"Our R&D efforts are focused around identifying the best product candidates - either internally or externally and moving these into clinical trials as rapidly as possible. With regards to our Alzheimer's program, we have sought to in-license the molecules that we believe are the most promising in development," said Bill Clarke, MD, Executive Vice President, Research and Development, Amersham Health.

Initial preclinical development of these Alzheimer's PET molecules was first conducted by the University of Pittsburgh under the leadership of Dr. Chet Mathis, Professor of Radiology, and Dr. Klunk. Human studies were begun in February 2002 in collaboration with Uppsala University, Sweden, under the leadership of Dr. Bengt Langstrom. To date, in studies performed by the University of Pittsburgh, the University of Uppsala, and Uppsala Imanet AB, these molecules have been evaluated in approximately 40 human subjects. Uppsala Imanet AB is a joint venture between Amersham and the University of Uppsala and is within Amersham's international network of leading imaging research centres built principally around PET, which provide pharmaceutical companies with imaging solutions to accelerate their development of novel therapeutics.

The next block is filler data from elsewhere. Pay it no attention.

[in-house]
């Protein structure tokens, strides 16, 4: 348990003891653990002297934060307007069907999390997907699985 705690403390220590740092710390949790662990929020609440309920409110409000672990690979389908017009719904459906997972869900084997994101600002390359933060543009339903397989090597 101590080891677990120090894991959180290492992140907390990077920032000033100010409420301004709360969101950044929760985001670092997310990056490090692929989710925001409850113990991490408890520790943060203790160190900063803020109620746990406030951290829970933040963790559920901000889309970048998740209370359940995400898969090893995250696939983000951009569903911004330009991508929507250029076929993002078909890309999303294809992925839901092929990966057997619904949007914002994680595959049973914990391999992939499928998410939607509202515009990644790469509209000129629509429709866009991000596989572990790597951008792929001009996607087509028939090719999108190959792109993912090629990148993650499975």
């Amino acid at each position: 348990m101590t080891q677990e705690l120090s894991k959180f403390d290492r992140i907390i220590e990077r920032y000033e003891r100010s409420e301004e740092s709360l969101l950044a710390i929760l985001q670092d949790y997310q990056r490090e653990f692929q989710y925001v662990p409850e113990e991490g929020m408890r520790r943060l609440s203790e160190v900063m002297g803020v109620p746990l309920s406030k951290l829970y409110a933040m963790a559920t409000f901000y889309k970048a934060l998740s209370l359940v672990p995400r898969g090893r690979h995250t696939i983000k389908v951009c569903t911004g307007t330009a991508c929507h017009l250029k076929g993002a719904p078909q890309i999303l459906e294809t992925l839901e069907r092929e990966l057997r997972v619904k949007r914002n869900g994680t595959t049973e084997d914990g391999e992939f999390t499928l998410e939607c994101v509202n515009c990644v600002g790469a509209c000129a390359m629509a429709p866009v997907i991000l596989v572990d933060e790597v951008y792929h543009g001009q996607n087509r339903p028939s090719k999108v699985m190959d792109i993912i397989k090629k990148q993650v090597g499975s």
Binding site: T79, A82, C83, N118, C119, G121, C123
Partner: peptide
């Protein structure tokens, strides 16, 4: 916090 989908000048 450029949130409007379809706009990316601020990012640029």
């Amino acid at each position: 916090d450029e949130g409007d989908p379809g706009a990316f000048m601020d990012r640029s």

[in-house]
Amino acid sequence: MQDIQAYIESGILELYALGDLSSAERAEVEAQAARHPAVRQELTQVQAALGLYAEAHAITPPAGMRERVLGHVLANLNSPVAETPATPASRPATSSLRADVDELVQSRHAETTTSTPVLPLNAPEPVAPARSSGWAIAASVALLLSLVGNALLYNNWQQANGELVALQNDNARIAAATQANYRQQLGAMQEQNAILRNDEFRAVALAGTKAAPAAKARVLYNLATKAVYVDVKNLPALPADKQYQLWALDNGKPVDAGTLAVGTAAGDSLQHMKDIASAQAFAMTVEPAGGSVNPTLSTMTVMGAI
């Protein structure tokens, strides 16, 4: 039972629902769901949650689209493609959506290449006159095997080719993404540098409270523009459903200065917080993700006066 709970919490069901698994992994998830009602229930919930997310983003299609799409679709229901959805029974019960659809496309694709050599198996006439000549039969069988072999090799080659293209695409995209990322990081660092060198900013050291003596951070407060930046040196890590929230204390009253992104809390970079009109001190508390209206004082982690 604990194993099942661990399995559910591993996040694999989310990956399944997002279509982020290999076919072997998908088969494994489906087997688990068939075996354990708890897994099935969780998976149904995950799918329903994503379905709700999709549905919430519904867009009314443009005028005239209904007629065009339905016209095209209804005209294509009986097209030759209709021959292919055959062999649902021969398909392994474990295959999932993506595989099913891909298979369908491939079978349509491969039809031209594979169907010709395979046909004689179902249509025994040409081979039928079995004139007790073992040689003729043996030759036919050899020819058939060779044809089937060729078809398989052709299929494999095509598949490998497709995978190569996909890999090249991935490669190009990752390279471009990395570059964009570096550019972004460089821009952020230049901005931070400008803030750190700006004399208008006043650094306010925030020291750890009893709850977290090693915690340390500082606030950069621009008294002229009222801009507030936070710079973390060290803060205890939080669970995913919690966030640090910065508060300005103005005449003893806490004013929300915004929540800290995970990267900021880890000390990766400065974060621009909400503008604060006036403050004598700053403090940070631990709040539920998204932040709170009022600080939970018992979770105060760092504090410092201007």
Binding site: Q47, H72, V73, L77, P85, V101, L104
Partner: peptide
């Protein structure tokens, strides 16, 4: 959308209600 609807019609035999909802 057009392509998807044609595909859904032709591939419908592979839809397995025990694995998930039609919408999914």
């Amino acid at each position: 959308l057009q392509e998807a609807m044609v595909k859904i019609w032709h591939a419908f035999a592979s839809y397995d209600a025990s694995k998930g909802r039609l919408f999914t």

PET is a rapidly growing nuclear medicine imaging technology unequalled by other imaging methods in its ability to provide diagnostic information at the molecular level. PET scans can detect changes at the sub-cellular or molecular level, enabling doctors to see small tumors, signs of heart disease or brain disorders such as Alzheimer's Disease, even before the disease symptoms manifest themselves. PET is currently the gold standard for determining the viability of heart tissue for revascularisation, allowing doctors and physicians to determine whether bypass surgery or transplant is the appropriate treatment.

Since PET can accurately monitor the progress of disease and a patient's response to treatment, the pharmaceutical industry is increasingly using PET to improve the speed and accuracy of evaluating the performance of new molecules in man, shortening times to bring new products to market and reducing risks in costly development programs. For patients, earlier diagnosis is improving opportunities for better treatment of cancer, heart disease and other neurological disorders.